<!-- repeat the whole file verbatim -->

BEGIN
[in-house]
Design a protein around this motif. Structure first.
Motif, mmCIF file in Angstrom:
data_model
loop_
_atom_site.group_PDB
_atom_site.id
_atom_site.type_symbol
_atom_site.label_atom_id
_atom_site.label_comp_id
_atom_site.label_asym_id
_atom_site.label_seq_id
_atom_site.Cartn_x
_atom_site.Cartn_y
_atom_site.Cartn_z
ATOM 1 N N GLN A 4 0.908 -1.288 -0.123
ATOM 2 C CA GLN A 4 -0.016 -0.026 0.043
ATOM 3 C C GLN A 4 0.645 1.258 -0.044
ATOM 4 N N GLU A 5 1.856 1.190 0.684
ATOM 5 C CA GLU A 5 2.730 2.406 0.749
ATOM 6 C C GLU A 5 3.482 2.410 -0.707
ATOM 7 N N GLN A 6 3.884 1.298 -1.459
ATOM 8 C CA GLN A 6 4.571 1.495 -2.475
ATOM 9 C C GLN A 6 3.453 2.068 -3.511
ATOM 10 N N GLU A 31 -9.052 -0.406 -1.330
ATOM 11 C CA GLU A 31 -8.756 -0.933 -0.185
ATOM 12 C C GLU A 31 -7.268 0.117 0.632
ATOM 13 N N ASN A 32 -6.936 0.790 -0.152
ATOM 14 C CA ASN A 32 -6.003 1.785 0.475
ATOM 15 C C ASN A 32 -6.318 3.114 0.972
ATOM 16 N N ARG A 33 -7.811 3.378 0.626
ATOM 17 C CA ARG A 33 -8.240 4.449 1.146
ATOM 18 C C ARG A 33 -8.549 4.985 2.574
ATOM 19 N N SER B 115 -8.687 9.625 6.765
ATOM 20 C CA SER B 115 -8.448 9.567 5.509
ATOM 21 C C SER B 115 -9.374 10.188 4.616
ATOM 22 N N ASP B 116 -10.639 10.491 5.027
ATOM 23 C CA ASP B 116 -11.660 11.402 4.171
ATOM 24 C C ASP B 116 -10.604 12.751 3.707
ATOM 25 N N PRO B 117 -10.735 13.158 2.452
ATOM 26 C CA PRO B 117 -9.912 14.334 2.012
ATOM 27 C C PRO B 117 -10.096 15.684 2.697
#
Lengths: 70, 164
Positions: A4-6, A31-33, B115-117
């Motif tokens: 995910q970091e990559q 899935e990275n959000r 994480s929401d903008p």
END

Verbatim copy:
[in-house]
Design a protein around this motif. Structure first.
Motif, mmCIF file in Angstrom:
data_model
loop_
_atom_site.group_PDB
_atom_site.id
_atom_site.type_symbol
_atom_site.label_atom_id
_atom_site.label_comp_id
_atom_site.label_asym_id
_atom_site.label_seq_id
_atom_site.Cartn_x
_atom_site.Cartn_y
_atom_site.Cartn_z
ATOM 1 N N GLN A 4 0.908 -1.288 -0.123
ATOM 2 C CA GLN A 4 -0.016 -0.026 0.043
ATOM 3 C C GLN A 4 0.645 1.258 -0.044
ATOM 4 N N GLU A 5 1.856 1.190 0.684
ATOM 5 C CA GLU A 5 2.730 2.406 0.749
ATOM 6 C C GLU A 5 3.482 2.410 -0.707
ATOM 7 N N GLN A 6 3.884 1.298 -1.459
ATOM 8 C CA GLN A 6 4.571 1.495 -2.475
ATOM 9 C C GLN A 6 3.453 2.068 -3.511
ATOM 10 N N GLU A 31 -9.052 -0.406 -1.330
ATOM 11 C CA GLU A 31 -8.756 -0.933 -0.185
ATOM 12 C C GLU A 31 -7.268 0.117 0.632
ATOM 13 N N ASN A 32 -6.936 0.790 -0.152
ATOM 14 C CA ASN A 32 -6.003 1.785 0.475
ATOM 15 C C ASN A 32 -6.318 3.114 0.972
ATOM 16 N N ARG A 33 -7.811 3.378 0.626
ATOM 17 C CA ARG A 33 -8.240 4.449 1.146
ATOM 18 C C ARG A 33 -8.549 4.985 2.574
ATOM 19 N N SER B 115 -8.687 9.625 6.765
ATOM 20 C CA SER B 115 -8.448 9.567 5.509
ATOM 21 C C SER B 115 -9.374 10.188 4.616
ATOM 22 N N ASP B 116 -10.639 10.491 5.027
ATOM 23 C CA ASP B 116 -11.660 11.402 4.171
ATOM 24 C C ASP B 116 -10.604 12.751 3.707
ATOM 25 N N PRO B 117 -10.735 13.158 2.452
ATOM 26 C CA PRO B 117 -9.912 14.334 2.012
ATOM 27 C C PRO B 117 -10.096 15.684 2.697
#
Lengths: 70, 164
Positions: A4-6, A31-33, B115-117
């Motif tokens: 995910q970091e990559q 899935e990275n959000r 994480s929401d903008p």